If Bill Gates Wouldn't Invest In Microsoft, Why Should You?

| About: Microsoft Corporation (MSFT)

Steve Ballmer has never claimed to be a visionary like Steve Jobs, or a brilliant engineer, like Yahoo! (NASDAQ:YHOO) CEO Marissa Mayer. Steve Ballmer is a marketing man, top to bottom. He's just not a successful one.

The decision to split Windows 8 into two operating systems in an attempt to replicate the Windows Home/NT division was a train wreck. The decision to price the Surface RT to compete with the iPad was a train wreck. The decision to price Surface Pro to compete with the MacBook Air?

You get the picture.

Someone needs to pry Steve Ballmer out of the driver's seat at Redmond, and by someone, I mean William Henry Gates III. "Bill", to his friends. Bill Gates remains the Chairman of Microsoft's (NASDAQ:MSFT) board and the single largest shareholder (420,986,959 shares as of February 5th), despite the giveaways to his charitable foundation.

Barring the largest coup in corporate history by the largest and most powerful banks and hedge funds on Wall Street, if Bill says Ballmer stays, Ballmer stays.

Time and time again, I've heard Microsoft analysts and investors alike lamenting over Gates' apparent nonchalance over the decline and fall of his computing empire. "Bill doesn't care about Microsoft. He's off saving the world."

For the record, Mr. Gates does appear to relish his Superman cape.

Through their namesake Foundation, Bill and Melinda Gates are taking on polio myelitus, Japanese encephalitis, tuberculosis, African small farm productivity, Malaria, HIV/AIDS, visceral leishmaniasis, Latin American microfinance, America's classrooms, the improvement of rice yields, affordable sanitation and hygiene, libraries, and scholarships.

The Gates Foundation depends upon gifts of the Gates' Microsoft stock and 10 million B-shares of Berkshire Hathaway (NYSE:BRK.B) courtesy of Warren Buffett. When not dispersing funds, the Gates Foundation reinvests its funds in a variety of securities with the exclusive goal of maximizing ROI.

Speaking of ROI, one of these companies has delivered consistent outperformance and shareholder value since the endowment...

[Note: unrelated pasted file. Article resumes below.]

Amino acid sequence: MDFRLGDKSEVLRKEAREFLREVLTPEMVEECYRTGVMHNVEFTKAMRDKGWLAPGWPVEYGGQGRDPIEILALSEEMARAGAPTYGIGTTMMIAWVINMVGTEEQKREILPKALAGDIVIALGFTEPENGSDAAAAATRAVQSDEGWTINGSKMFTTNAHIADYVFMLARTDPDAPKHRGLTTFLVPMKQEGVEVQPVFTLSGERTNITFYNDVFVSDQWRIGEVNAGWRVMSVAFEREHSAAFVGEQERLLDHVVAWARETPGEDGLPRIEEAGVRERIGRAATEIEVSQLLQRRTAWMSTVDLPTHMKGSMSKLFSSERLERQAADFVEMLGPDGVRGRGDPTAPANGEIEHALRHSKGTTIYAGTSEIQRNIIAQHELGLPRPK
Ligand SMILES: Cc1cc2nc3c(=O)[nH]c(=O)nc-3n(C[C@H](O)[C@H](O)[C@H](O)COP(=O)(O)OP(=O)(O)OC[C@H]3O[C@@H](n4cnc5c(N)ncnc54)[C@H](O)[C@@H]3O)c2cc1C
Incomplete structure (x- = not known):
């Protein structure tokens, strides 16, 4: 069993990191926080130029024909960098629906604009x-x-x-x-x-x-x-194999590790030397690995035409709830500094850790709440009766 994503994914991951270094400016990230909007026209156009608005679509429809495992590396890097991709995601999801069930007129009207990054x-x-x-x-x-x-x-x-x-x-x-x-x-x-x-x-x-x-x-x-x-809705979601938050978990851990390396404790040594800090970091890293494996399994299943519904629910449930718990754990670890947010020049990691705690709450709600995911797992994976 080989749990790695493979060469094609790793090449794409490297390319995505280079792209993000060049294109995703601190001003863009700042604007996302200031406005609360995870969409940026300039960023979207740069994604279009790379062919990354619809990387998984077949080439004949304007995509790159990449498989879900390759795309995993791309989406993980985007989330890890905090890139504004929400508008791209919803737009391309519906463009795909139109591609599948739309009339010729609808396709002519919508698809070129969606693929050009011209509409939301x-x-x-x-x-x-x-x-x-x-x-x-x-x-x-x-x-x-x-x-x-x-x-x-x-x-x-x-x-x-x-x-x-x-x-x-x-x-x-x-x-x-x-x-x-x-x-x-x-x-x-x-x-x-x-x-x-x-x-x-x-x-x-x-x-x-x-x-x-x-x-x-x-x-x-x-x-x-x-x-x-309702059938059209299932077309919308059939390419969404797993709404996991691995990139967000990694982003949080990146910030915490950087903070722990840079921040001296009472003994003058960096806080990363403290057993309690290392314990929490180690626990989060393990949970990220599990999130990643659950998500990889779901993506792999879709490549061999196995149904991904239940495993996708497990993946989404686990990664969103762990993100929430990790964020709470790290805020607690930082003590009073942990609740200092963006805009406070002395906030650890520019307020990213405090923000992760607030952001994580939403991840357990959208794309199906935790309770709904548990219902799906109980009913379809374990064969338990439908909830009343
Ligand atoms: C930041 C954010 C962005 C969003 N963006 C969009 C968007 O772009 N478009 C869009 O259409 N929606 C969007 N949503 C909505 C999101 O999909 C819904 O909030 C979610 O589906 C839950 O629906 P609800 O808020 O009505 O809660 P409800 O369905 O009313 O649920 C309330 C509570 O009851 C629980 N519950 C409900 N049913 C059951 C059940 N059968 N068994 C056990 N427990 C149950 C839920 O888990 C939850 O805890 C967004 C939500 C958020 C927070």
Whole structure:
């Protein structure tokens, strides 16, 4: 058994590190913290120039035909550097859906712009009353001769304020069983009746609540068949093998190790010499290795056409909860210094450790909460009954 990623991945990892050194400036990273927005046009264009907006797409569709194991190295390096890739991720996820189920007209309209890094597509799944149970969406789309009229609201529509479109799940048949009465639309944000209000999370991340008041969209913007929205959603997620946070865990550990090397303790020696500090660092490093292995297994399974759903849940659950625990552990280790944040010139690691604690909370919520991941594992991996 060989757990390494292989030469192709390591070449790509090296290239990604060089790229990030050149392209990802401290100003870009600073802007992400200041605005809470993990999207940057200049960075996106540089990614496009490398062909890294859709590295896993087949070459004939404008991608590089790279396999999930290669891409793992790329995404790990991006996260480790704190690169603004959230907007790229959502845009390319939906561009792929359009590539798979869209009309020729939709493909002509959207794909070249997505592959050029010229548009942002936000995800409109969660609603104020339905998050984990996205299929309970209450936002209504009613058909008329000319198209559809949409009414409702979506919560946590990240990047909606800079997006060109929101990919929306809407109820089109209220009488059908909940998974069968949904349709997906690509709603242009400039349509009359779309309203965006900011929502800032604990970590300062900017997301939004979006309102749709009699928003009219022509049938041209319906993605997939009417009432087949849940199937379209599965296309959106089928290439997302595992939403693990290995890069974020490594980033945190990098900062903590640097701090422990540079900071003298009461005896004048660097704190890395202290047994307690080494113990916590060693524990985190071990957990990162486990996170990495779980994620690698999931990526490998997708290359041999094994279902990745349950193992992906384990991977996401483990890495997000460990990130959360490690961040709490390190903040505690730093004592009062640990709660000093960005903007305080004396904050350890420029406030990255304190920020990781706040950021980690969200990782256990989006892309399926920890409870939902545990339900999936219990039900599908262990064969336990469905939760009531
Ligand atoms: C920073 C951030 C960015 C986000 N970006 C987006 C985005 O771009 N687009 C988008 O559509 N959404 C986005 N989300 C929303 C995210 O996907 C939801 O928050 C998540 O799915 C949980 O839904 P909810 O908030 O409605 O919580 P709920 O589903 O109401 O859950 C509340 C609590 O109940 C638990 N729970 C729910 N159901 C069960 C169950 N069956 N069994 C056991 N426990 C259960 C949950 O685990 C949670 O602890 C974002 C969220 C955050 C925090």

Fig. 1: Growth of $10,000 (no dividend), 2003-2012 [BRK.B]

(Source: Morningstar)

...the other has not.

Fig. 2: Growth of $10,000 with dividends re-invested, 2003-2012 [MSFT]

(Source: Morningstar)

Everyone still uses Windows. The OS dominates both PC and Office/Enterprise level systems. Figure 3 below details the approximate Windows market share as of January, 2013.

Fig 3: OS market share distribution as of 01/13

(Source: netmarketshare.com)

Never mind if some of the "cool" has rubbed off the Windows brand. Never mind Android Jelly Bean or iOS 6. The Windows operating system remains the most pivotal piece of software in the world.

Operating systems and enterprise software may be a tough row to hoe in today's mobility obsessed world. However, that caveat could apply equally to Intel (NASDAQ:INTC), if not more so: semiconductor margins don't hold a candle to the markup on software, and Intel has been engaged in a non-stop battle royale for the past 10 years with rivals like AMD (NYSE:AMD) and upstarts like ARM (NASDAQ:ARMH).

So, how would an investment in the other half of "Wintel" have held up over the years?

Fig. 4: Growth of $10,000 with dividends re-invested, 2003-2012 [INTC]

(Source: Morningstar)

By no stretch of the imagination is Microsoft under Steve Ballmer's reign delivering a healthy ROI for investors. In other words, Bill Gates' own non-profit Foundation would not invest in Microsoft's common stock.

So why should you?

Disclosure: I have no positions in any stocks mentioned, and no plans to initiate any positions within the next 72 hours. I wrote this article myself, and it expresses my own opinions. I am not receiving compensation for it (other than from Seeking Alpha). I have no business relationship with any company whose stock is mentioned in this article.

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